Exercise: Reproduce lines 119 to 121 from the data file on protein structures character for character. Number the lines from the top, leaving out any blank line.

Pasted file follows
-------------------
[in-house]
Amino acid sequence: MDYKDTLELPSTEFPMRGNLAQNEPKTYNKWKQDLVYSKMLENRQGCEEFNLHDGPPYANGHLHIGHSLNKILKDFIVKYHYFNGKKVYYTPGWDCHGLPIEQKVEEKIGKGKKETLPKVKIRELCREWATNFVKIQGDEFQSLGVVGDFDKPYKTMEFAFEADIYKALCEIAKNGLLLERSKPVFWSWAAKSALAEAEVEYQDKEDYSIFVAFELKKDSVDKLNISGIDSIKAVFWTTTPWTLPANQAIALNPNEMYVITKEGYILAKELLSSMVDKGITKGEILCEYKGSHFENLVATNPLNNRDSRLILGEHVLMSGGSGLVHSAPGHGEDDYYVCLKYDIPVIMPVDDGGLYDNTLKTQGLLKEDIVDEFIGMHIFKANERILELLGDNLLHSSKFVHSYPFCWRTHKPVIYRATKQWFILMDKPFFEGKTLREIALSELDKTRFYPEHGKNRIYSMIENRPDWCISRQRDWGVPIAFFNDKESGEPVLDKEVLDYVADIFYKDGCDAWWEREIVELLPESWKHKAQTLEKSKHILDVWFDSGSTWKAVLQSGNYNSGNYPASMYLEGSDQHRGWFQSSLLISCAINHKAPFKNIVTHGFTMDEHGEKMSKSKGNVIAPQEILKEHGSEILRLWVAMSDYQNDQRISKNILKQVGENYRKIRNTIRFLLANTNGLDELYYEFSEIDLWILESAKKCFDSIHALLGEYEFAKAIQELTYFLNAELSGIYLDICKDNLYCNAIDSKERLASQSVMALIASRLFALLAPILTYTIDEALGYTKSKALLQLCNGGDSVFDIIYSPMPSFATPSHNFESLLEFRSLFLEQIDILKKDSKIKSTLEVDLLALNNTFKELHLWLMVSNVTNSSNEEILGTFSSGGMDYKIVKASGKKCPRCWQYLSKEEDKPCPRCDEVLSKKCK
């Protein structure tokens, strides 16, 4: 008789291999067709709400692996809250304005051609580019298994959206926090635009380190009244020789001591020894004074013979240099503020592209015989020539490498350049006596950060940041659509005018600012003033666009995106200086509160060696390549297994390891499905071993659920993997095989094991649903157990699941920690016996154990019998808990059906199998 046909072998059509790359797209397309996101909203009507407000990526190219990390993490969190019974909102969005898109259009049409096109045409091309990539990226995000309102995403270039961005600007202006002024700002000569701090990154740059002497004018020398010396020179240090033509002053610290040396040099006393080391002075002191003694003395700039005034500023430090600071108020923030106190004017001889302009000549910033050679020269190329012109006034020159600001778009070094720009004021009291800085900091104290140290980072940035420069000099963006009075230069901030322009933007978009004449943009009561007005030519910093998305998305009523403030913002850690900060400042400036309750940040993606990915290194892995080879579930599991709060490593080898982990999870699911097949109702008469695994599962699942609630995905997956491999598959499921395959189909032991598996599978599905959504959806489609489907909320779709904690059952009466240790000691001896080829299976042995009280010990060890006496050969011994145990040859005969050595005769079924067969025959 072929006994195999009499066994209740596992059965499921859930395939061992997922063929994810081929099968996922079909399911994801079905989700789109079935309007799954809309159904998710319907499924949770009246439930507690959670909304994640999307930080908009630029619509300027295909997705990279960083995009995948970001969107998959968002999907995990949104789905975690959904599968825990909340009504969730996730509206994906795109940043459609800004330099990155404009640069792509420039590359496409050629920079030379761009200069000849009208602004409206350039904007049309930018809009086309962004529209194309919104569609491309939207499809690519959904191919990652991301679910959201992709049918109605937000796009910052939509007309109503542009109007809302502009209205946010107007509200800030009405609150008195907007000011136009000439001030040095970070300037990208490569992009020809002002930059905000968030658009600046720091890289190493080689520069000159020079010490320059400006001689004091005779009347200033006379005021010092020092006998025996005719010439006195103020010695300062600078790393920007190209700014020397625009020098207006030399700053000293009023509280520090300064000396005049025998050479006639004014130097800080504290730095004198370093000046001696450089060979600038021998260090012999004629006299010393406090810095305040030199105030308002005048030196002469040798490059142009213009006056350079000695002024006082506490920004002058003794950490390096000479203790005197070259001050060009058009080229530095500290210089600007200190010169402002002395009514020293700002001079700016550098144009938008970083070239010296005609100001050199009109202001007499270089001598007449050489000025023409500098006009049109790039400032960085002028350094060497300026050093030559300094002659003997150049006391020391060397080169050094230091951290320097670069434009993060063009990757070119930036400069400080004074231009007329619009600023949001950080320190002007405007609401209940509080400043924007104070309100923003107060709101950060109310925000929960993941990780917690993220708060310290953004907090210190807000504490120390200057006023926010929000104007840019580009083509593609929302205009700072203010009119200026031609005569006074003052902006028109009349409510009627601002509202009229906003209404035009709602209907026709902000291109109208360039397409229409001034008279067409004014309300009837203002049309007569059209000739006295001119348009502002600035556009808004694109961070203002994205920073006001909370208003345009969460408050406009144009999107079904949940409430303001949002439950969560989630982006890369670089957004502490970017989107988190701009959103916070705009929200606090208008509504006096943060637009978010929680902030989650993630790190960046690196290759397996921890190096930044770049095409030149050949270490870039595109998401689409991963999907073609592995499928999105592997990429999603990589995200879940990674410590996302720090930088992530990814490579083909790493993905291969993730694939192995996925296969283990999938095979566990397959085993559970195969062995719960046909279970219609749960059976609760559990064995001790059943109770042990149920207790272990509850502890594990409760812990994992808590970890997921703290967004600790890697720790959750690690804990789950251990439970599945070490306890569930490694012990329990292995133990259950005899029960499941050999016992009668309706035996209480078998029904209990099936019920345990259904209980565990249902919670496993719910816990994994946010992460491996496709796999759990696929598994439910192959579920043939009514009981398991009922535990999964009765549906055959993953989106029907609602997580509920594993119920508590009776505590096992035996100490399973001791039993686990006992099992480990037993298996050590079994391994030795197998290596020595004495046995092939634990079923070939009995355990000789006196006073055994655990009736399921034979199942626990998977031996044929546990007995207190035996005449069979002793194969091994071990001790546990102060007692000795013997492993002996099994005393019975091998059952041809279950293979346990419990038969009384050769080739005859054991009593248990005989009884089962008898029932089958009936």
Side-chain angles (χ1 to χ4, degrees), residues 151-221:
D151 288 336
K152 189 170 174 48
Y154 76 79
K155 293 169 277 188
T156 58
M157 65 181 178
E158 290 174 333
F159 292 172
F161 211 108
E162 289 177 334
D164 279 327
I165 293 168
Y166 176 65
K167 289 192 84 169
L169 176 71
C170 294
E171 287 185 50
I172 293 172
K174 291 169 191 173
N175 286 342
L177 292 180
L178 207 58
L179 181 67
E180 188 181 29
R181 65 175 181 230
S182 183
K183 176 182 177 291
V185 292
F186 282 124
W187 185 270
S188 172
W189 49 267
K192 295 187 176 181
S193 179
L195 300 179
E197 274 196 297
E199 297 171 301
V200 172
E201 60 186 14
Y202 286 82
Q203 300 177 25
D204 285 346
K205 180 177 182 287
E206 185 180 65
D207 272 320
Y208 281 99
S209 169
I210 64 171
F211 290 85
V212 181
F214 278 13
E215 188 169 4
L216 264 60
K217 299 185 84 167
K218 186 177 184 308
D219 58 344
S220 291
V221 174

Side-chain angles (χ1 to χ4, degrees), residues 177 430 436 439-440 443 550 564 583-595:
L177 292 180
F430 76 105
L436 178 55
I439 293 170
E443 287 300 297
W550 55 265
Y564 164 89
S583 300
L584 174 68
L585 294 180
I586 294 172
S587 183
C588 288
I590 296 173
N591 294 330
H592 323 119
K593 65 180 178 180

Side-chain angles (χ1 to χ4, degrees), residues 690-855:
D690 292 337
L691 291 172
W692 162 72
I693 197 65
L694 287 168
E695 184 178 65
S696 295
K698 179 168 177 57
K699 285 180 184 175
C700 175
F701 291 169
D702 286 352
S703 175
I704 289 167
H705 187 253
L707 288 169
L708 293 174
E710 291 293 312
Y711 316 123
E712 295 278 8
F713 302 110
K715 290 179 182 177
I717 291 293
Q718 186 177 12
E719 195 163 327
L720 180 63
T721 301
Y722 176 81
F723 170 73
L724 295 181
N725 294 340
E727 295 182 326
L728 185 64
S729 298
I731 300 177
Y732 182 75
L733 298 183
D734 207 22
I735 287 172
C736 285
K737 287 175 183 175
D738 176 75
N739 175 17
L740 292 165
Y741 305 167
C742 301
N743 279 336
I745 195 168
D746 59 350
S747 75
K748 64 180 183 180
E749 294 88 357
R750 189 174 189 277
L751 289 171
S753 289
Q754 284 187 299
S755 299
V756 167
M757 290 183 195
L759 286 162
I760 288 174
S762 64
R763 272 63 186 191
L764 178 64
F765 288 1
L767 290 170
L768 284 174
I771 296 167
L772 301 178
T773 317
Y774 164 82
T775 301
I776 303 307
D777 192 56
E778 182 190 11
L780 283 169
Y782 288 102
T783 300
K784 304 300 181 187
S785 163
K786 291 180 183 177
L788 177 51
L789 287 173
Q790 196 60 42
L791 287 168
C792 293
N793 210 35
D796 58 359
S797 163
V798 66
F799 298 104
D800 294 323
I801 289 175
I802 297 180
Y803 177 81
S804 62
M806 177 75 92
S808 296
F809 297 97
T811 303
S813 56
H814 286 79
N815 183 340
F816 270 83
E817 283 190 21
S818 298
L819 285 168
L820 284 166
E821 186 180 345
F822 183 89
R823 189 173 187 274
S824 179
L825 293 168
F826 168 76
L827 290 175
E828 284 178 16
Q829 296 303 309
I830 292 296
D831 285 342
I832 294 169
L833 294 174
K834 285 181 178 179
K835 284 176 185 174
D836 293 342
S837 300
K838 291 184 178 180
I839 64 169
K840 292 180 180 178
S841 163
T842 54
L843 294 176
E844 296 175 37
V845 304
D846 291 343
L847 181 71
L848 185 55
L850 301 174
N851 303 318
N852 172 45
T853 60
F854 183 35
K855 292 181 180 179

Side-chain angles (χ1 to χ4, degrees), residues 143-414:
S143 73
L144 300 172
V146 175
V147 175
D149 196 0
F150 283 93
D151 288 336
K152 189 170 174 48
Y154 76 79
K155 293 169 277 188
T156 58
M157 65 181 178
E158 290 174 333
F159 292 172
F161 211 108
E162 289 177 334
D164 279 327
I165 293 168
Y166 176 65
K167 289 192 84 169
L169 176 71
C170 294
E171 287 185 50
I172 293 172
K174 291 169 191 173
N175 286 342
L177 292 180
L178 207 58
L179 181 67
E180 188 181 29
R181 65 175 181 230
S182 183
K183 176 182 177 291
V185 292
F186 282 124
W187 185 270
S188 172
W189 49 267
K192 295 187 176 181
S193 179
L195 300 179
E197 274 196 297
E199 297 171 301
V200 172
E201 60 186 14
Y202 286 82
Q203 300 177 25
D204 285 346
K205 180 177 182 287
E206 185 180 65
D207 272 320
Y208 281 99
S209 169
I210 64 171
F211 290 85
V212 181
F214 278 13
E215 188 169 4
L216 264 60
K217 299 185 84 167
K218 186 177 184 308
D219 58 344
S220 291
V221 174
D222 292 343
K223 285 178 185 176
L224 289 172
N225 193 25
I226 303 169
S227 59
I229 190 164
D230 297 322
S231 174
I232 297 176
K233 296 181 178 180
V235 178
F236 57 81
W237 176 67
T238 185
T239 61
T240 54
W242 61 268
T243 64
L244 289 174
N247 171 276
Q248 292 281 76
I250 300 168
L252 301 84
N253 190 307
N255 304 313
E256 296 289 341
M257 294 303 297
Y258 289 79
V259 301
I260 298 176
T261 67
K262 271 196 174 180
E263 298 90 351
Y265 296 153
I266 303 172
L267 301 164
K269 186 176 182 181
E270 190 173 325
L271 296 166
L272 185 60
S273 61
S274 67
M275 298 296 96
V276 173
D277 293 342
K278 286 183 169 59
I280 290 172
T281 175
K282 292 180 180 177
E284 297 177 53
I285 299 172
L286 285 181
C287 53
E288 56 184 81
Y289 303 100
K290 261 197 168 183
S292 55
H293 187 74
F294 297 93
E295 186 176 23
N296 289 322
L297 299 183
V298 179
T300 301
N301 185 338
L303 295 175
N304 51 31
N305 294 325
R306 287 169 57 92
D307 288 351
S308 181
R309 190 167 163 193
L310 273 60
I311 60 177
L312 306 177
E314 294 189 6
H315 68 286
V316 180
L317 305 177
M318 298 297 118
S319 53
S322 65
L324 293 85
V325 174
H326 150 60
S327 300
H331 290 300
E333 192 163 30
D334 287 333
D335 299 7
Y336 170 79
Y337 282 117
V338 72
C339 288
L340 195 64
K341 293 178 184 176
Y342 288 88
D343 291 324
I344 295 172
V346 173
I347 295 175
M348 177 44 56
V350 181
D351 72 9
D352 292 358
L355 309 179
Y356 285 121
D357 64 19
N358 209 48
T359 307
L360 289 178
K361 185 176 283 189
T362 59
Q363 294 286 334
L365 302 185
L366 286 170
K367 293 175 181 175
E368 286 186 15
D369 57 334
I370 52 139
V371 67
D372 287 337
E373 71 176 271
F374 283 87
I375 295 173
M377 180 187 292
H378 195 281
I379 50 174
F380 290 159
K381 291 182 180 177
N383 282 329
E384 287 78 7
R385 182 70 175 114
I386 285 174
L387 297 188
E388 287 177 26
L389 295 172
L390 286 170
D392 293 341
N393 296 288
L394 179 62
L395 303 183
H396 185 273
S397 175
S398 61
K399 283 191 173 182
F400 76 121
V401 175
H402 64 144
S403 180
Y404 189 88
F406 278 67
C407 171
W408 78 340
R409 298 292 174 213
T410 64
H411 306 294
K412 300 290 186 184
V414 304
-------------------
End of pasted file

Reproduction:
D734 207 22
I735 287 172
C736 285